It is probably narcissistic to think that the last paragraph of Owen’s recent Guardian piece is due in part to a conversation we recently had when he was visiting Nottingham, but during that conversation I talked to him about the importance of a militant urban ecology for facing the current ecological crisis. In truth I shouldn’t say crisis, because in a time where there is nothing but crises and crises that the capitalist system feeds off of we risk losing our bearings, we risk distraction, and the kind of hysteric worry that comes when one is assured that there is no real hope of coming through the crisis. This is not a crisis, it is but a spur, a spur to think more rationally, more humanly in the generic sense, towards a kind of disinterested, unalienated earthly humanity. So what follows is a bit of a note on Owen’s piece in an effort not just to combat the usual stupidity of the comments that litter CiF, but the stupidity of the “green” movement itself. That stupidity that thinks the answer to the ecological crisis is hair shirts, apologies to Gaia for being human, and the working towards the death of millions in the name of some kind of “respect for nature”.
The good news of ecology, like that of Spinoza, is that “everything is natural”. “The-Natural” (here using Laruelle’s symbolization to indicate a kind of hallucinatory authority that hobbles the human and thought) is no longer a source of evaluation, no longer does the proximity of something to the-Natural indicate some kind of divine analogy that places it above other entities. The “green” movements, at least as given voice by the confused Luddites posting on Owen’s piece, are only green in some pathetic pastoral sense. Thinking that somehow the green grass of the shire, so pleasant to a certain kind of middle class European aesthetic, indicates that the countryside will always be more natural than the city. Everywhere there are human beings, for these naive pastoral reactionaries, there is grey and what is grey is not green, or so they think. But nature is not pastoral, or more precisely nature is not just pastoral. An ecological understanding of nature shows us that wherever there is an exchange of energy between the living, the dead, and the never-living there we will find nature for there is an ecosystem. If we were to make the mistake of placing nature merely within the pastoral we would create an endless war between ecosystems, we would aim to kill other viable and healthy ecosystems in the name of a green image. In short, the naive pastoral reactionaries have no respect for nature, they have an undue hatred for unpleasant nature – they would have us kill the red and brown desert in the name of an ecological imperialism begun by their European ancestors centuries before (see Crosby‘s Ecological Imperialism).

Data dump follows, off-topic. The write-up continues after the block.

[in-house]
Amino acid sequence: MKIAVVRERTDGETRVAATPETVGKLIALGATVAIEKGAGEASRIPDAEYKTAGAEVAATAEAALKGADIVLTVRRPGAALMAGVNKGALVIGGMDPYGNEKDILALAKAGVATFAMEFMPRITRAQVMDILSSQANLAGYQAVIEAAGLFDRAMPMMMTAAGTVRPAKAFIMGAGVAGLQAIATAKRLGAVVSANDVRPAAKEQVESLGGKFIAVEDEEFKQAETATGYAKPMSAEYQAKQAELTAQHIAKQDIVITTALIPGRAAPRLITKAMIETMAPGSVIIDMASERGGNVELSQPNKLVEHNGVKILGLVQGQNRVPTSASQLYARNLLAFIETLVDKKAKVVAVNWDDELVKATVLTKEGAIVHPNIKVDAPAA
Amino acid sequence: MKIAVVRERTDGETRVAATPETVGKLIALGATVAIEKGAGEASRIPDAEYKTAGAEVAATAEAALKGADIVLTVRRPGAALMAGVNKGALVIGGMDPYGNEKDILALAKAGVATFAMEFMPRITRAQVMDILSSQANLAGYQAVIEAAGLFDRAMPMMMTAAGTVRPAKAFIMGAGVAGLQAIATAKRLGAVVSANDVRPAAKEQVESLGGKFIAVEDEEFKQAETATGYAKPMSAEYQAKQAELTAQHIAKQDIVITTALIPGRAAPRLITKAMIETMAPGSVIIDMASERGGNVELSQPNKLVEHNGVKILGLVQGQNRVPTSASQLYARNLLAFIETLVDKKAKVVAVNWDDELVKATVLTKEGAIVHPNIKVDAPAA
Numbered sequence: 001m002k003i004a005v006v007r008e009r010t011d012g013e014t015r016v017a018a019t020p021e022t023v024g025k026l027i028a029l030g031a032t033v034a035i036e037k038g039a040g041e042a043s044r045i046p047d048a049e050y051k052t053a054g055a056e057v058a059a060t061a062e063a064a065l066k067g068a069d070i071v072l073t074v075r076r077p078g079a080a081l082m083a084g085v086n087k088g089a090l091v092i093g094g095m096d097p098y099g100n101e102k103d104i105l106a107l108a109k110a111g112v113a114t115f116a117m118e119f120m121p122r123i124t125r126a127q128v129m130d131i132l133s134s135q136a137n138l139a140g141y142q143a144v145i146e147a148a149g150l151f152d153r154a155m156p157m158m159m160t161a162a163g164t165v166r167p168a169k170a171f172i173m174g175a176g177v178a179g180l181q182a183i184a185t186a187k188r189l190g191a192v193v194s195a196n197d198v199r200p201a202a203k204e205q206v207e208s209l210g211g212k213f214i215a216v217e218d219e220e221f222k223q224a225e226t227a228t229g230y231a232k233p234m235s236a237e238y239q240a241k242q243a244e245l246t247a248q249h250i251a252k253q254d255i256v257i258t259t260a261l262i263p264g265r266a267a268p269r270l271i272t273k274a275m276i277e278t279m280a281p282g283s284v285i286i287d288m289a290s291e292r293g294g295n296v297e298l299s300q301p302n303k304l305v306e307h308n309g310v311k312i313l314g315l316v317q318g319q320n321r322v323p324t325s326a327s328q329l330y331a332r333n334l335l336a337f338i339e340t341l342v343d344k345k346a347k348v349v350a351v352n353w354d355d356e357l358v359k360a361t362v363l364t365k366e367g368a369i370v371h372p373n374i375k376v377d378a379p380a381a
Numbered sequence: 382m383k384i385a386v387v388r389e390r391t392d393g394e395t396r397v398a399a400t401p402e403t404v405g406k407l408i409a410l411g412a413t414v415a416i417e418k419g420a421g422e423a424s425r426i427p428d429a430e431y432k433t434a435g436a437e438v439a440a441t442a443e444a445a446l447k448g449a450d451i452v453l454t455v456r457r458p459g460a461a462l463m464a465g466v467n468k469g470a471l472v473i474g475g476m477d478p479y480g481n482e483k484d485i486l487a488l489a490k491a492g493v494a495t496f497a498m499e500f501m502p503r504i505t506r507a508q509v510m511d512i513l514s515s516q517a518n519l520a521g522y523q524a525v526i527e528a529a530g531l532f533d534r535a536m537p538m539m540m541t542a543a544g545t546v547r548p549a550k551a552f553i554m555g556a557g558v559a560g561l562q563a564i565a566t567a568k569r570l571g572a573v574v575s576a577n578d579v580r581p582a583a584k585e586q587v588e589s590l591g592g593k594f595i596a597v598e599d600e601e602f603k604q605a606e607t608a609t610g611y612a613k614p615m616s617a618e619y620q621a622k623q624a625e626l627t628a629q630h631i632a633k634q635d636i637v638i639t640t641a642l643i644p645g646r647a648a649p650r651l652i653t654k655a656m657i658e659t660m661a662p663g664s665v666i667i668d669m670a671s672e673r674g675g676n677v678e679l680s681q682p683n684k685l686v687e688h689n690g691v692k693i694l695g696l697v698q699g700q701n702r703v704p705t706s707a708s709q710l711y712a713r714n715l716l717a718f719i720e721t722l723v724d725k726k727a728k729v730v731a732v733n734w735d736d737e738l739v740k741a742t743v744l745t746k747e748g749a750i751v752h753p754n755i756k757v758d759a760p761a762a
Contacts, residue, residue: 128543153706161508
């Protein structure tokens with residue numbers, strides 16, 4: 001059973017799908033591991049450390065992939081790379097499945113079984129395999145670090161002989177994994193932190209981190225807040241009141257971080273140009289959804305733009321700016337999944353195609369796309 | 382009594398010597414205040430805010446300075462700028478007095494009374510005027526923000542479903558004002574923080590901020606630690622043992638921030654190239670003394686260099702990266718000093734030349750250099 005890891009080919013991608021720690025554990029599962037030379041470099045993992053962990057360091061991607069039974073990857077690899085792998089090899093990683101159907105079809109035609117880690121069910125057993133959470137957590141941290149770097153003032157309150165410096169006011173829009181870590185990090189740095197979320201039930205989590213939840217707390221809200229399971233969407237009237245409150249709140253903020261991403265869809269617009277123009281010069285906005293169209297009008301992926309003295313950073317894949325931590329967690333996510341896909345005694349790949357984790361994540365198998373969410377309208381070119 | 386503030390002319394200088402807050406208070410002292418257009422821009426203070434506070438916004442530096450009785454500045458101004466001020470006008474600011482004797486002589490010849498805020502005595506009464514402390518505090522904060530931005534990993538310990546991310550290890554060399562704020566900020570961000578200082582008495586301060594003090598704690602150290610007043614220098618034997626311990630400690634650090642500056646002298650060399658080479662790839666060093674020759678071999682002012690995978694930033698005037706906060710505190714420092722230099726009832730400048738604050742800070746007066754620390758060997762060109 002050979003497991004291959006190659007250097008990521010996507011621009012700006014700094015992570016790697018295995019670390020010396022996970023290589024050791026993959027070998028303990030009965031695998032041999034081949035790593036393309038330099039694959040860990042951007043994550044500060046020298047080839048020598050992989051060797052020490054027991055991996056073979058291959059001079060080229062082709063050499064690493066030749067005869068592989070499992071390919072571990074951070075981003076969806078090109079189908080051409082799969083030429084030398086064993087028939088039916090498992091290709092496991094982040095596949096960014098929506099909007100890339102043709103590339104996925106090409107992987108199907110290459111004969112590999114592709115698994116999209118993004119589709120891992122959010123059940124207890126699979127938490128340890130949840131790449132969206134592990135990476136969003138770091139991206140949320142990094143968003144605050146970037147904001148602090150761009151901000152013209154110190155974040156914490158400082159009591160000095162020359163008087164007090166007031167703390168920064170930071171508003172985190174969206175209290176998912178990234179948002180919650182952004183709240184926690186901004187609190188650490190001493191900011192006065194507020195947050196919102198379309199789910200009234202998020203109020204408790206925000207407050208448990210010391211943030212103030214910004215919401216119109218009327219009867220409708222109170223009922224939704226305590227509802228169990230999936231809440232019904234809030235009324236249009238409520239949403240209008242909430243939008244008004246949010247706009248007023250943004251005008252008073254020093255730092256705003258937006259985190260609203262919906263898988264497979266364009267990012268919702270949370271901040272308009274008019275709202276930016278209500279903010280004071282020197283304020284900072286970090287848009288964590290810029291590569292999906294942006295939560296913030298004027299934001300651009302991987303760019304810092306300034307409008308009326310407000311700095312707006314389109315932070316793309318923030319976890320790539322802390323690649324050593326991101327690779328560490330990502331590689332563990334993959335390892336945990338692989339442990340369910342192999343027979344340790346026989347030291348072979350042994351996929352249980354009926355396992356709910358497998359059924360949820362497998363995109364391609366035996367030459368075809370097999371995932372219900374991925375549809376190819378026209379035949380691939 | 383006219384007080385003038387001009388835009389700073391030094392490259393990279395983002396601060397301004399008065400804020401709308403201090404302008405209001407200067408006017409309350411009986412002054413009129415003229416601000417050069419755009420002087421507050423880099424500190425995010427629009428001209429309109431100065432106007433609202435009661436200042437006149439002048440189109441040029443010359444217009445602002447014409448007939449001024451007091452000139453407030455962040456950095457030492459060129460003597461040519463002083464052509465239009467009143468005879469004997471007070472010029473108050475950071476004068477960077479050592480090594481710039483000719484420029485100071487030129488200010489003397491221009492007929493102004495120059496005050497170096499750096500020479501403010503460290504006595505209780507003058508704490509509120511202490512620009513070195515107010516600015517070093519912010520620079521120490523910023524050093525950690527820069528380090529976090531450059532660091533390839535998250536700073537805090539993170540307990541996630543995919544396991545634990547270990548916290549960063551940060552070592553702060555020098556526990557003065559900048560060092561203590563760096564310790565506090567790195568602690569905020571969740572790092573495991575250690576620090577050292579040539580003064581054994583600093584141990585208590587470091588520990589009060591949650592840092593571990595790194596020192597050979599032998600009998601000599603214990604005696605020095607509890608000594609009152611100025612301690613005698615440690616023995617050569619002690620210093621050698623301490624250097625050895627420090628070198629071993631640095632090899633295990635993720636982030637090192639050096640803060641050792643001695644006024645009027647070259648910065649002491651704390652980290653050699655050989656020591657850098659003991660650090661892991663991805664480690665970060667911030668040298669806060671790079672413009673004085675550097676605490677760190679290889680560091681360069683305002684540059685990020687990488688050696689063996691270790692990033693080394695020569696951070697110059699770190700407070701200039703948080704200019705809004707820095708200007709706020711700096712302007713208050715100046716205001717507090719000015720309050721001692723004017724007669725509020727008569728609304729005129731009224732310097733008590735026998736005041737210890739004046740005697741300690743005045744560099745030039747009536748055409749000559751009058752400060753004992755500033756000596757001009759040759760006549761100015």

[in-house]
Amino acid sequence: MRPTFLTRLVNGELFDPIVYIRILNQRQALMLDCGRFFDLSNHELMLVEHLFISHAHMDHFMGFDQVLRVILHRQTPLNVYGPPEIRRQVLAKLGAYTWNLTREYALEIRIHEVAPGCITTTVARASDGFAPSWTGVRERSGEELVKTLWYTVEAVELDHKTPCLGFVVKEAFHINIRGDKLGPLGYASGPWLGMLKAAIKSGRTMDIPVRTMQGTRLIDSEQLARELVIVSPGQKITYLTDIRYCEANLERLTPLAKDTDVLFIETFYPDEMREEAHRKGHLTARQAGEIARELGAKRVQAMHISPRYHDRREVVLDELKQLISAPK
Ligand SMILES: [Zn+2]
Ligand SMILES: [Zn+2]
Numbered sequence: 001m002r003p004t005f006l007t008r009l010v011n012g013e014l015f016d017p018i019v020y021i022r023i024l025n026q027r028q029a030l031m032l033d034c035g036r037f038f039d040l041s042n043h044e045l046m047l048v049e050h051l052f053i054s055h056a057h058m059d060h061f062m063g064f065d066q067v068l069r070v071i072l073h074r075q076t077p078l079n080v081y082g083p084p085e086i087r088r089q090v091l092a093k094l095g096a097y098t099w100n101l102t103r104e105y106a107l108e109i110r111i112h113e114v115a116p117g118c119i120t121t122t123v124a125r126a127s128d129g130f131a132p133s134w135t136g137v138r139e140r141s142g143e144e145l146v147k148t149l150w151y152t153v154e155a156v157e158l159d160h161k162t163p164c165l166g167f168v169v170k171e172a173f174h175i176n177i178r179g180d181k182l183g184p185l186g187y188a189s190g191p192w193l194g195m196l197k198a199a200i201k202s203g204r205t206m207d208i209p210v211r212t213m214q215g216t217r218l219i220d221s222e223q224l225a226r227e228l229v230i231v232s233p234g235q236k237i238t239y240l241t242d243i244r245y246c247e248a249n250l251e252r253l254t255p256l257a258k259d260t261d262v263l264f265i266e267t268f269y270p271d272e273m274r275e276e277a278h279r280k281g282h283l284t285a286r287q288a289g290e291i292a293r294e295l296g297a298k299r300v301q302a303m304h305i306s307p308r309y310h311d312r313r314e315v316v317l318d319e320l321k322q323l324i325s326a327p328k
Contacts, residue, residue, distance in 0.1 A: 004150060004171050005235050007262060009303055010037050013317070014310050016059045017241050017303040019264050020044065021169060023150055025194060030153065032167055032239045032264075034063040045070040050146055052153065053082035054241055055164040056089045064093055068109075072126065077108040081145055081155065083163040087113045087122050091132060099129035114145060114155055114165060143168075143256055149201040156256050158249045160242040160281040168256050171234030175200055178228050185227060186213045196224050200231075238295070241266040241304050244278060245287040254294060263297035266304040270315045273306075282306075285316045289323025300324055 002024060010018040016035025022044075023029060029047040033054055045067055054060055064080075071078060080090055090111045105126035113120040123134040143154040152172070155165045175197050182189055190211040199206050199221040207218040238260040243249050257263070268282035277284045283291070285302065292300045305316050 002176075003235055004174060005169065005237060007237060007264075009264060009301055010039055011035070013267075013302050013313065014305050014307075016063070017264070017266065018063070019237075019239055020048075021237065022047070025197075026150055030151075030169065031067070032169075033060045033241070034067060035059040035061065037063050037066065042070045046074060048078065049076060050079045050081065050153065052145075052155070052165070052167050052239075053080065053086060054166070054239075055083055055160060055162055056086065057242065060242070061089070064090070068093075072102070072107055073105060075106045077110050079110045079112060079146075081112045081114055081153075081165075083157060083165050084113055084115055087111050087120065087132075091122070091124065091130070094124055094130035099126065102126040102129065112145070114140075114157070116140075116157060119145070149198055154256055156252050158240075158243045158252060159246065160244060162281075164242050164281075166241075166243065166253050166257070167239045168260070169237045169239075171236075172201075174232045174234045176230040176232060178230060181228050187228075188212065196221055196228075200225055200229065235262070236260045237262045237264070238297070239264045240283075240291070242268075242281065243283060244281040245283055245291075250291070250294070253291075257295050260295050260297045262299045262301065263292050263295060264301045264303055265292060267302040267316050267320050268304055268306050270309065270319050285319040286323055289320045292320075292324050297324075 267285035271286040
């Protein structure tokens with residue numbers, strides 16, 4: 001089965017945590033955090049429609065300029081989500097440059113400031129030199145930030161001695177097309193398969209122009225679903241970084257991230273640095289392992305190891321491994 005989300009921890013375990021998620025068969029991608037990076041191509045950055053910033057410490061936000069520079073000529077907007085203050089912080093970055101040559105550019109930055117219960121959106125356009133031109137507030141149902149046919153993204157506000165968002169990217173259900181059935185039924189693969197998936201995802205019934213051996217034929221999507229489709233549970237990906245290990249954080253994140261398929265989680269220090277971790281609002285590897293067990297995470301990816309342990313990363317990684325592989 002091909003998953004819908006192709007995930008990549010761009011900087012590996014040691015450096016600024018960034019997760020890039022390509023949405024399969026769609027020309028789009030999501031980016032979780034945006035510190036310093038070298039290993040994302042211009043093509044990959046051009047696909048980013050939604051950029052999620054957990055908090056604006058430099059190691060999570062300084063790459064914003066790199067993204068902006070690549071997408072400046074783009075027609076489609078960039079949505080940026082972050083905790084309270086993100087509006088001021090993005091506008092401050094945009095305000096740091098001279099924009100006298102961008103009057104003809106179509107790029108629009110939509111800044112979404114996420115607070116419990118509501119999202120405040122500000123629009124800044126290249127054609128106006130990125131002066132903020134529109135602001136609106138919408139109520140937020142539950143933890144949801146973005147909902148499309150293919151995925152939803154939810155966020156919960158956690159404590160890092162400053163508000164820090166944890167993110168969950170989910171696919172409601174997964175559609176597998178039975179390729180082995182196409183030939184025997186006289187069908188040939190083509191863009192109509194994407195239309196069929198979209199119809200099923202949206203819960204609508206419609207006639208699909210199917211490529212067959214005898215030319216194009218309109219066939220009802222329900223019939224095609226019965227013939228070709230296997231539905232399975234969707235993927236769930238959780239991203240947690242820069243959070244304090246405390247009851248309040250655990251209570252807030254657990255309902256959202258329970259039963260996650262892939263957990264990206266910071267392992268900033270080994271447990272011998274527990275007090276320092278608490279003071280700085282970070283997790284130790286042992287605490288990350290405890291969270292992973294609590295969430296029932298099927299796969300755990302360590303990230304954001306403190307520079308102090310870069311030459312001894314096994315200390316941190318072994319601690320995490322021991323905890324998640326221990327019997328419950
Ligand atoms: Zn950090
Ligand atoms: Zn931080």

Those pastoral reactionaries are have hijacked ecology, they have distorted its message of peace, that everything is natural, and remain completely uncritical of their own middle class aesthetics. Some comments on Owen’s piece rightly point out that a low-carbon footprint is not the only criteria for an ecologically resilient and productive human dwelling in an ecosystem (what is usually meant by the obscusifatory “green” label). I suspect the implication the commenter was trying to push was that city’s are inherently not green because they encourage a disconnect between humans and nature, when you’re in the city you don’t think about Gaia like you’re supposed to. This is, in the strongest Deleuzian sense, stupid. The city is an ecosystem, it can even be a healthy ecosystem (though we need to work at that, which involves more social dwelling together in public transportation, dwellings, and like, not less of the social). The reality is that the human is never not in touch with nature, how would that even be ecologically possible? What Owen’s article leaves out are other reasons, unrelated to carbon footprint, for why bigger and more concentrated cities are more ecologically resilient than some Gordon Ramsey fantasy of everyone escaping to the countryside to grow their own food and kill their own animals. In short, that sort of life is not sustainable for human beings, unless you want to see millions of human beings die, and mostly those human beings who are already in the global south living in massive amounts of poverty, then you must have an ecological policy that sees ecologically resilient cities as important, as the lynch pin, for a more eco-rational dwelling on the earth.
When you separate yourself out from the rest of humanity in the interest of being “more natural” you only show yourself as one who has a hatred of nature. If humanity is to survive and, more than that, if humanity is to live ecologically, you should pull up stakes and buy a flat or become a farmer that works for the commons, that is to produce food for the rest of humanity. Otherwise you just repeat a kind of pathetic American dream of self-reliance, a desire to live unecologically. In short, there is an unacknowledged alliance between those petulant middle class thinkers of darkness, who reveal in the illness and sores of humanity, and the middle class greenies who create an environmental ideology separate from ecology. An environmentalism without regard for the poor, without a place for those living the slums, a place where animals are respected in so far as they, and not some asshole in a kebab shop, knew who they were.
If you’d like to read more on the technical nature of how an urban response to resilient ecological dwelling can happen I’d suggest Lipow’s free on-line book. If you really care about the environment, of which human beings are a part as a place of exchange of energy, please put down your Wendell Berry and get on the subway. Cities, as a site of the commons, are kind of a big fucking deal.